The sentiment du jour is one of suspicion. There is still a crisis in trust and confidence. Few investors believe that earnings disappointments and asset write-offs in the financial sector are over, even though bank stocks have collapsed over 40% peak-to-trough and several bank CEOs have lost their jobs as a result of colossal losses. The Federal Reserve is working very hard to catch up on the deflation curve, but it remains to be seen whether the heightened effort will turn the stock market around. Even with the latest rate cuts, the damaged parts of the U.S. economy will not be turning on a dime.

In an effort to jumpstart a slowing economy, the Fed recently delivered rate cuts totaling 1.25%, the most concentrated dose of monetary easing on record. The rate cuts as well as the end of Fed references to inflation as a problem are important steps toward rebuilding investor and business confidence, especially since the domestic economy has dropped to the slowest pace since 2002 and the housing market slump continues to deepen.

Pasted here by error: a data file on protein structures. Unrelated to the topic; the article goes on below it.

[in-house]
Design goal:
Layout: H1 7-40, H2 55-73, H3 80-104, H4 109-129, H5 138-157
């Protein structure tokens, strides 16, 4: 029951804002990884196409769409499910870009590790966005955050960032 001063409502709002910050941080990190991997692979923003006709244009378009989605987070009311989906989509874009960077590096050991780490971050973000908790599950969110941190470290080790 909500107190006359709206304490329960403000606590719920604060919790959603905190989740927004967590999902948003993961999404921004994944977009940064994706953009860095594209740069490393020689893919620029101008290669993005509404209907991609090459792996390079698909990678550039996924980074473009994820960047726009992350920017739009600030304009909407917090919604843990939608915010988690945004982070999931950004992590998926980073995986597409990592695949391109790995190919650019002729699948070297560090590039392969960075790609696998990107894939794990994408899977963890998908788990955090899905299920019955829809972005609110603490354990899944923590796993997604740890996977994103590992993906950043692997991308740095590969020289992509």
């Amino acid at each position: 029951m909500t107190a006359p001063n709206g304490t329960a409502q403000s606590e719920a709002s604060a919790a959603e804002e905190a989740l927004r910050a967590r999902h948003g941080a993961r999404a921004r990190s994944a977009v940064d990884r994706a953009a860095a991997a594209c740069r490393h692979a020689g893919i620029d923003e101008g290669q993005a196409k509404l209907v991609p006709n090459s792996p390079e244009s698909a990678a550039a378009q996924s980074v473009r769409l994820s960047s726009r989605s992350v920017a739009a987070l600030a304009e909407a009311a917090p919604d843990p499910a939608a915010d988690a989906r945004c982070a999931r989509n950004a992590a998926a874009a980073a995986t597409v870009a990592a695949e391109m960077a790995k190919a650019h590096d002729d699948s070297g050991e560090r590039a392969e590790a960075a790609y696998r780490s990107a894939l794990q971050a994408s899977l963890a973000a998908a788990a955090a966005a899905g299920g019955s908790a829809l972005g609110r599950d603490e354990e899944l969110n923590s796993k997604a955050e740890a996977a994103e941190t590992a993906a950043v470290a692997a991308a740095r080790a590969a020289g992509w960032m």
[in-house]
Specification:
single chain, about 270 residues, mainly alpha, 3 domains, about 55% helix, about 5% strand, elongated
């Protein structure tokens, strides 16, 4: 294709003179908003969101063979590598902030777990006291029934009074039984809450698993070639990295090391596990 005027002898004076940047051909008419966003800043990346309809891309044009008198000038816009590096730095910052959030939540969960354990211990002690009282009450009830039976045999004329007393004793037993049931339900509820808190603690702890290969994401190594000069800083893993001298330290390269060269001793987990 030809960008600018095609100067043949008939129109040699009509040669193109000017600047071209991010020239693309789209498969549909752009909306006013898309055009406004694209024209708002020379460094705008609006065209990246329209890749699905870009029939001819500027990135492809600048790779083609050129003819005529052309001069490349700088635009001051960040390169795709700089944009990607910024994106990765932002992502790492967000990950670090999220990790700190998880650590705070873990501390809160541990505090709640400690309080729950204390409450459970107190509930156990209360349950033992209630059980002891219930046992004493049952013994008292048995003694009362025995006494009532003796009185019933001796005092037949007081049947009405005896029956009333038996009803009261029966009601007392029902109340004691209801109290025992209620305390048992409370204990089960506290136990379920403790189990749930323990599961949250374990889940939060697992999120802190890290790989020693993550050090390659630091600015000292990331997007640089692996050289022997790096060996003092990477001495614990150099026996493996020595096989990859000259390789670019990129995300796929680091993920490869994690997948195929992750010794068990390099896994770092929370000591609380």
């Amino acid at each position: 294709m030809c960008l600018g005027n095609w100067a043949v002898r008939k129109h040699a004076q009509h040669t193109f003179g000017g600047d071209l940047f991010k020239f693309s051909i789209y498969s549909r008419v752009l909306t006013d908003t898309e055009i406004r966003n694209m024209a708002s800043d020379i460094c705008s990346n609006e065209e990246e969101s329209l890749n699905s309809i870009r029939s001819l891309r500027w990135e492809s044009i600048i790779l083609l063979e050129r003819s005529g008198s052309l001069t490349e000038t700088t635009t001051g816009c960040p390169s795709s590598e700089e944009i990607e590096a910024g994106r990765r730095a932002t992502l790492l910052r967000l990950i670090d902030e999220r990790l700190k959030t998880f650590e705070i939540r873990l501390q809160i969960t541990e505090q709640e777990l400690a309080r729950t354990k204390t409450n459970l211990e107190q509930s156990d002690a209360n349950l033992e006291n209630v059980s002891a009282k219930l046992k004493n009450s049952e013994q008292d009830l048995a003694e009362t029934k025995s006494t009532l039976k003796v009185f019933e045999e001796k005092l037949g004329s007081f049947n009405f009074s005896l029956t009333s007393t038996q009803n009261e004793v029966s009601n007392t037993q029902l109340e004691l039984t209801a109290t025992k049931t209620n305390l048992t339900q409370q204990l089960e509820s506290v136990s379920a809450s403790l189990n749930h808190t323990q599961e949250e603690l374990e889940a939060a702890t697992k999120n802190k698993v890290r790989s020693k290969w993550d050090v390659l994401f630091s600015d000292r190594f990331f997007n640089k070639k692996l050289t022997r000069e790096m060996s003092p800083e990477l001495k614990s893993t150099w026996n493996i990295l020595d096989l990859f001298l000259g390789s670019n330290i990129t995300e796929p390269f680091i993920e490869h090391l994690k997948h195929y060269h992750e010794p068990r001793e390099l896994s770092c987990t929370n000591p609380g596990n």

A committed Fed will expedite the healing process in housing and house prices, the underlying cause of most credit market strains. In addition, it should ensure that corporate sector risk-taking does not completely dry up. Tack on fiscal help from Bush and Congress and the stimulus efforts should create positive support. Moreover, the U.S. non-financial corporate sector remains under-leveraged. It did not over-hire nor over-invest in the latest expansion. As a result, the self-reinforcing element of layoffs and wage troubles of past economic slowdowns should be averted. The recent sharp drop in interest rates may not immediately come to the rescue of housing and consumer spending, but benefits to the corporate sector should arrive soon in the form of a lower cost of capital.

Michael Ashley Schulman, CFA
Director
Hollencrest Capital Management
www.hollencrest.com